Stamatis Kraunakis’ new album “The Tiger” was released.
As much as Stamatis Kraunakis from time to time occupies the media with the exuberance that characterizes him, it should not and is not right to sideline his main quality, that of composer and lyricist. And Kraunakis is a very great composer. The closest link between the younger generation and the giants of the past. His best quality features are revealed in his brand new album released by Minos-EMI titled “The Tiger – Folk Songs”. More specifically, we have fifteen songs in his own lyrics for the voice of Christos Gerontides (Dimitra Galani participates in three of them).
Disc-gift to the folk child from Perama
A record-gift from the creator to his closest collaborator, a folk kid from Perama, who was nurtured artistically with Kraunakis and they have been together for fifteen years. It is no coincidence that the song “Perama”, in lyrics by the poet Kostas Tsioufis, reveals how much the composer took into account the world that his performer carries. Songs cut and sewn for a popular male voice with an intense theatricality that automatically differentiates her from any other professional singer. But Gerontides is a professional. And if you haven’t seen him in shows, you’ve heard him perform Lorca’s masterful rocking songs in the recent past. Here he seems to narrate, sometimes with extroversion and sometimes with melancholy, the mosaics of his own life through the hand of his mentor, which is why I repeat that this album is a gift to him and his talent. And because many people will be quick to characterize the album as “Zampetic” or “Tsitanic” (I even found it “Theodoric”), yes, there are all of them in the songs, but there is also Kraunakis, who has his own stamp on everything he writes .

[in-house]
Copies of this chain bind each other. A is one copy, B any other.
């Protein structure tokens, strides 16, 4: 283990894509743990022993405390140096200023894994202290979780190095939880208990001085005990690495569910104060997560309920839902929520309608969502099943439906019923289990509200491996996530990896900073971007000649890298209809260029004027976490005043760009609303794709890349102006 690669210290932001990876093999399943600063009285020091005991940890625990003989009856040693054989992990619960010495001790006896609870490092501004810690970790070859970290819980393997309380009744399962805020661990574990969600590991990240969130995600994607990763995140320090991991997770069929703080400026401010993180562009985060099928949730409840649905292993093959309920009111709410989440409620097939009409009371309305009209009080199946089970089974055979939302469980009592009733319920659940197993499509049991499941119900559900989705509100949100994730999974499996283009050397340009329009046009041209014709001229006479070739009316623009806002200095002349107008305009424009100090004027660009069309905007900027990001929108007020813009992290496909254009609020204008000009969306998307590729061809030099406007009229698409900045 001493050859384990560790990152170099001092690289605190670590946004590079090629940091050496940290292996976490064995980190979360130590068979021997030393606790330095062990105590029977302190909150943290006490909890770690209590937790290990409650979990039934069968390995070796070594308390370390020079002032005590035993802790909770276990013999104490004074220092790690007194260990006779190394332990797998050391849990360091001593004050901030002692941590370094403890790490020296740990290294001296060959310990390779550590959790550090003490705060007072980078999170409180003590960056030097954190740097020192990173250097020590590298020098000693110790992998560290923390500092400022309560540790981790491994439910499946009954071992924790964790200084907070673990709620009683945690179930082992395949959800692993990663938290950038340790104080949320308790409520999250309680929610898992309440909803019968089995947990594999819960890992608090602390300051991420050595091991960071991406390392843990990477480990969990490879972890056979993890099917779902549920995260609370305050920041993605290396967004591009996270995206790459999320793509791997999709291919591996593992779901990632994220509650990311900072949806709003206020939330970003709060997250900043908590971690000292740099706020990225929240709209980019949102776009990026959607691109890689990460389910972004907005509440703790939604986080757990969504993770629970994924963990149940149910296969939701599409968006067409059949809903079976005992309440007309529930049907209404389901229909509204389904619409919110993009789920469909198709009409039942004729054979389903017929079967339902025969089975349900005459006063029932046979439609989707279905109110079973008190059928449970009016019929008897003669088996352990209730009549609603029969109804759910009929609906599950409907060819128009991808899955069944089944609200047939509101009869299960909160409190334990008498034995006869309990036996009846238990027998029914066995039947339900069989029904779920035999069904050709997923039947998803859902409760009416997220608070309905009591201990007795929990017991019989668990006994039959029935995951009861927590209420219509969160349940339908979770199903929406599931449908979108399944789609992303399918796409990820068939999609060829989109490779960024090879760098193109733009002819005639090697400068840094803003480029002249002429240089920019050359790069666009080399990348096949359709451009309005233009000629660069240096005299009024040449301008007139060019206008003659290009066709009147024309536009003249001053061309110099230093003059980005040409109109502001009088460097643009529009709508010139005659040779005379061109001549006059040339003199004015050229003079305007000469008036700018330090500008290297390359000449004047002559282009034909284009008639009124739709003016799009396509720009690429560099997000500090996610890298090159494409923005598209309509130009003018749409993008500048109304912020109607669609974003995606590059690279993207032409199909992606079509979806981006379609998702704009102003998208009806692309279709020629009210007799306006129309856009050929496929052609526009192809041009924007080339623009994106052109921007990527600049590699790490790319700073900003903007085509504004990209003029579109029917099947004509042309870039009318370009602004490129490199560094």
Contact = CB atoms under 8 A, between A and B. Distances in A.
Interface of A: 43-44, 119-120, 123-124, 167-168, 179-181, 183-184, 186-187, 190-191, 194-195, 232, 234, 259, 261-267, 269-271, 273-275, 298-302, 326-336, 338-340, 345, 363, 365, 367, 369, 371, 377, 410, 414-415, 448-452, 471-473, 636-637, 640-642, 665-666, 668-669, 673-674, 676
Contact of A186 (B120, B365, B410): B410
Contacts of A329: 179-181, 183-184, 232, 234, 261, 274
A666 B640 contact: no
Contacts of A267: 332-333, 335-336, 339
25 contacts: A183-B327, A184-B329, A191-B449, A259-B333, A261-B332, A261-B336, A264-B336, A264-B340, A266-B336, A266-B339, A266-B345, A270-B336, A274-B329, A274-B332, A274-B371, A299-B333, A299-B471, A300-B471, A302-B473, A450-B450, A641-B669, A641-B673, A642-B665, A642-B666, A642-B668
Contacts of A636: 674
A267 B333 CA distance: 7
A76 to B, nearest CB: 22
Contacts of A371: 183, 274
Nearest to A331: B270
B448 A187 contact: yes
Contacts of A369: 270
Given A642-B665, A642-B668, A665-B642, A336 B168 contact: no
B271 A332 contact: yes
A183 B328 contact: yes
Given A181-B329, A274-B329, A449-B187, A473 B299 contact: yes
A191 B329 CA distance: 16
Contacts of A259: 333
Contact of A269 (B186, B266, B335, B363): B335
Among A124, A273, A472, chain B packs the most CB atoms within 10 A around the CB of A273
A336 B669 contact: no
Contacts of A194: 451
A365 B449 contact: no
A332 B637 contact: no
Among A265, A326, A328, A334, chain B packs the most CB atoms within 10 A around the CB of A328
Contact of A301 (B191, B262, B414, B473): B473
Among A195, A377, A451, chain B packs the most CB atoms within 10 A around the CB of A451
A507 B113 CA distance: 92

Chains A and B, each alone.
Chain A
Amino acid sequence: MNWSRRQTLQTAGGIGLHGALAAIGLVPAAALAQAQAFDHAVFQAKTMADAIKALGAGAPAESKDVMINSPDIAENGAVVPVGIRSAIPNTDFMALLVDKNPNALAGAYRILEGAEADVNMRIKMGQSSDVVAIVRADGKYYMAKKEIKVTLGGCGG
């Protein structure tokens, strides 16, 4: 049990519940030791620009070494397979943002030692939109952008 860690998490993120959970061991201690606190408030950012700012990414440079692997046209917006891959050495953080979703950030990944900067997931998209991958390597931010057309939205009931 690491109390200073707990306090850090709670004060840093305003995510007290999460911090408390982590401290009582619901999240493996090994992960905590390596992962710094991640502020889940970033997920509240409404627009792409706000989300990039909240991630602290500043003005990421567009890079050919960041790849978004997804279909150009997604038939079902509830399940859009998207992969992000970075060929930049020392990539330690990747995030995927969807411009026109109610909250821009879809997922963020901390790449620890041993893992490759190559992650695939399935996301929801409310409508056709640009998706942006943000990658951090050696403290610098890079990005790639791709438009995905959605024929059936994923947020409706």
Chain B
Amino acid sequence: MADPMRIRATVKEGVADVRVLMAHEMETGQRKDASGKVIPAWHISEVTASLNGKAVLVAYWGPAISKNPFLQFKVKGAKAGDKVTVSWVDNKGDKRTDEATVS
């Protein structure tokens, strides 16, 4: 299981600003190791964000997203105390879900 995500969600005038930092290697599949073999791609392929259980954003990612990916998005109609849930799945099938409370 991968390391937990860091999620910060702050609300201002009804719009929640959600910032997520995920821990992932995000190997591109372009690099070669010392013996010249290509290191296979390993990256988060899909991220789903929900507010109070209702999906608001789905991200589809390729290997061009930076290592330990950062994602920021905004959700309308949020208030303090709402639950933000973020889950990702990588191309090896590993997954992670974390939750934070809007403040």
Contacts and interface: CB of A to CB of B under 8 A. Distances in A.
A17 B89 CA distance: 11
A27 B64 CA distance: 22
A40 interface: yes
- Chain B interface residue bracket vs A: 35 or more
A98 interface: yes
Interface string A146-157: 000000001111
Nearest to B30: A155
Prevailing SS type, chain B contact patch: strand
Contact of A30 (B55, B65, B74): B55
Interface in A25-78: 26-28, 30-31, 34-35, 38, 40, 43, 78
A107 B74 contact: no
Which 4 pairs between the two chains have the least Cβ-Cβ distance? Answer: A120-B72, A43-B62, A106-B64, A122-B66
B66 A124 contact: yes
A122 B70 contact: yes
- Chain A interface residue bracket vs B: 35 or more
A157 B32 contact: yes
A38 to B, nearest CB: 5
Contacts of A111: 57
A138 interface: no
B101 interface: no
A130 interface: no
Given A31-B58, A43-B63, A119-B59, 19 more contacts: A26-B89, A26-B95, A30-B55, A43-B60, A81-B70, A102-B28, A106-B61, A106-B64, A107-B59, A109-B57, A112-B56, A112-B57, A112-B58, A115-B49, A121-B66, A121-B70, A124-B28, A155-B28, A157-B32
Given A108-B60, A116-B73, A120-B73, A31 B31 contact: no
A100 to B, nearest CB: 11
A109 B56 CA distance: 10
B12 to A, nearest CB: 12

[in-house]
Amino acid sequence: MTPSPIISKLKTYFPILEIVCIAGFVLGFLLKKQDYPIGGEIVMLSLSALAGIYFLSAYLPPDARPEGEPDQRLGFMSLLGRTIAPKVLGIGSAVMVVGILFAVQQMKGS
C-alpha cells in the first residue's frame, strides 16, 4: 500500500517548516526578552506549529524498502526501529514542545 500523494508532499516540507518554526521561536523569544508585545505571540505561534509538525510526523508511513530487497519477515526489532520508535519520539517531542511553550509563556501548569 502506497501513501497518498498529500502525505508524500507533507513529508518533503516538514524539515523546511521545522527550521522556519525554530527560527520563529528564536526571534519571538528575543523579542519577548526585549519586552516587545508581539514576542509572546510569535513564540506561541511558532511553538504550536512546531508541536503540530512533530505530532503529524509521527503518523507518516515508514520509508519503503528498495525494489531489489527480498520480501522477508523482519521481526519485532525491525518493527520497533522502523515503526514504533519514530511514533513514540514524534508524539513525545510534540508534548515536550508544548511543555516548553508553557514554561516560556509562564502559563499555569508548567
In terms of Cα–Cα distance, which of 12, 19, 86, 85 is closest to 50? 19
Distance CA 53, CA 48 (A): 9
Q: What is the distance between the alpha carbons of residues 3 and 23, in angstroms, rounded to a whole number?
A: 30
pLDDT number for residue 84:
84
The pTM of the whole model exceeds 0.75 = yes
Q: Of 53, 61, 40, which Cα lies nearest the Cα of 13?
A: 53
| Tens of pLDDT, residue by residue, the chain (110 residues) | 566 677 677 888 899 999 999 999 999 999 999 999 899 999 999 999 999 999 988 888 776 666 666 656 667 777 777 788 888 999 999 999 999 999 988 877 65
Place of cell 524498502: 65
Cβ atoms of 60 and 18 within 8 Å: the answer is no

“Zeta”, “Tonight again” and “Luzeria”
Listen to “Zeta” which has harmonies rare for a Greek folk song, but also listen to “Tonight again” (for Sofia Vembo) with Galani in lyrics by Tsitsanis. And of course there is also “Louzeria”, a song that, before it was even aired, it was as if people were waiting for it to be put on their lips, as was the case in the good old days with songs that are now part of the collective memory of the Greeks. It would be remiss not to mention the defining sound of bouzouki Nikos Katsikis, who gave this material climate and atmosphere.
Exactly as Kraunakis writes in the insert of the publication: “I wish it would be played in groups, in taverns, by improvised players everywhere, like a material that we have always known and suddenly from a crack in the soil, it sprouted in the season”. I have a feeling that this is exactly what will happen even though we are living in an anti-spiritual age, which brings out all the damnation and forces many people to become…searchers in order to discover the beautiful, the great and the true. The new song is here. Discover and enjoy.